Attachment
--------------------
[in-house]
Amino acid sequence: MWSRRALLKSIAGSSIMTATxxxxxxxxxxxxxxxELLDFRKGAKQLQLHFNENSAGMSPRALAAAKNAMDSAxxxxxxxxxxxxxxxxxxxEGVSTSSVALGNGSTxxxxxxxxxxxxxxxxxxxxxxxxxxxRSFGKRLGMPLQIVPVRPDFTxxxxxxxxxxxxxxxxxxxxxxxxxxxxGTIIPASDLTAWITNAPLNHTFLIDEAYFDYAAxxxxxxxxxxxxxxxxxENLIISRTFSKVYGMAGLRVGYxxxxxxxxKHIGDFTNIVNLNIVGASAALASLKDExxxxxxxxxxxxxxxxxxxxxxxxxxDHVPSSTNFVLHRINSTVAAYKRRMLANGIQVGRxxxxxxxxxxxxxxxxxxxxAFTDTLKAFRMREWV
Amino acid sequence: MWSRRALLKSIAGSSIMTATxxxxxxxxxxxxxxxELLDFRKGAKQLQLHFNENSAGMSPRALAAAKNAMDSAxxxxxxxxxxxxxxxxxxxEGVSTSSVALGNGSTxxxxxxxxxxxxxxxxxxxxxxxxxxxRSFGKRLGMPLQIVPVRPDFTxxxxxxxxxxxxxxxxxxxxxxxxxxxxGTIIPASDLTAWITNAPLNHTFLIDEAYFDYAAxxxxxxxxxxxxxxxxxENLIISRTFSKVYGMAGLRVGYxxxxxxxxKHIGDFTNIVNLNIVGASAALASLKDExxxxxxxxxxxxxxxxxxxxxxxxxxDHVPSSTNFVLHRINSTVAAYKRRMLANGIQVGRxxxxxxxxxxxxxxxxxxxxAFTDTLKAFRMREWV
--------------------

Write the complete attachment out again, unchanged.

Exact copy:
[in-house]
Amino acid sequence: MWSRRALLKSIAGSSIMTATxxxxxxxxxxxxxxxELLDFRKGAKQLQLHFNENSAGMSPRALAAAKNAMDSAxxxxxxxxxxxxxxxxxxxEGVSTSSVALGNGSTxxxxxxxxxxxxxxxxxxxxxxxxxxxRSFGKRLGMPLQIVPVRPDFTxxxxxxxxxxxxxxxxxxxxxxxxxxxxGTIIPASDLTAWITNAPLNHTFLIDEAYFDYAAxxxxxxxxxxxxxxxxxENLIISRTFSKVYGMAGLRVGYxxxxxxxxKHIGDFTNIVNLNIVGASAALASLKDExxxxxxxxxxxxxxxxxxxxxxxxxxDHVPSSTNFVLHRINSTVAAYKRRMLANGIQVGRxxxxxxxxxxxxxxxxxxxxAFTDTLKAFRMREWV
Amino acid sequence: MWSRRALLKSIAGSSIMTATxxxxxxxxxxxxxxxELLDFRKGAKQLQLHFNENSAGMSPRALAAAKNAMDSAxxxxxxxxxxxxxxxxxxxEGVSTSSVALGNGSTxxxxxxxxxxxxxxxxxxxxxxxxxxxRSFGKRLGMPLQIVPVRPDFTxxxxxxxxxxxxxxxxxxxxxxxxxxxxGTIIPASDLTAWITNAPLNHTFLIDEAYFDYAAxxxxxxxxxxxxxxxxxENLIISRTFSKVYGMAGLRVGYxxxxxxxxKHIGDFTNIVNLNIVGASAALASLKDExxxxxxxxxxxxxxxxxxxxxxxxxxDHVPSSTNFVLHRINSTVAAYKRRMLANGIQVGRxxxxxxxxxxxxxxxxxxxxAFTDTLKAFRMREWV